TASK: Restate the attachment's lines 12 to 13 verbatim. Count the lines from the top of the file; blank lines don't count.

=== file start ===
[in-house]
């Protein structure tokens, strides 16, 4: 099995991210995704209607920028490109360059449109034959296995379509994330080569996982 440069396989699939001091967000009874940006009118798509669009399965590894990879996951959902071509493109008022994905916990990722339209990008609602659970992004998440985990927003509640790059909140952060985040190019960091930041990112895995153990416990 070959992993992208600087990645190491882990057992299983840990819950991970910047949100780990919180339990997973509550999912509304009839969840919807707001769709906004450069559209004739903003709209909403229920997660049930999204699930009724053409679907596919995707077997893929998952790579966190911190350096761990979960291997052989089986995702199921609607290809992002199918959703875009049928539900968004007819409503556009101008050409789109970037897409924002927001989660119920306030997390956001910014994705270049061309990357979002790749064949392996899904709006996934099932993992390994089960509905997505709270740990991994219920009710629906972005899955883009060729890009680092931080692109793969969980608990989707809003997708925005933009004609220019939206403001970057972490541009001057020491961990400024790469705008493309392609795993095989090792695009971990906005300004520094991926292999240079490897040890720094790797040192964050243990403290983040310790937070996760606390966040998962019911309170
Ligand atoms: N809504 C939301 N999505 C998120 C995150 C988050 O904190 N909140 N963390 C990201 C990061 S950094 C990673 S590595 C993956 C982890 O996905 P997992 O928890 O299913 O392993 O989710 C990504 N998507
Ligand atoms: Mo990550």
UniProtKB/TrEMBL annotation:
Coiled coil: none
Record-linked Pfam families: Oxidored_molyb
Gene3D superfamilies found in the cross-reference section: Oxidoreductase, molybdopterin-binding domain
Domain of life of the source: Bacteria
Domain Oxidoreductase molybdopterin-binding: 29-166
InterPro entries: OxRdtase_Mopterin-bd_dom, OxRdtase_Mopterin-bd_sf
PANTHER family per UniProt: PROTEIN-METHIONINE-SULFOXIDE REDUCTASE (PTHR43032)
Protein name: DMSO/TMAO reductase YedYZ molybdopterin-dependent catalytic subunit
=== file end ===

PANTHER family per UniProt: PROTEIN-METHIONINE-SULFOXIDE REDUCTASE (PTHR43032)
Protein name: DMSO/TMAO reductase YedYZ molybdopterin-dependent catalytic subunit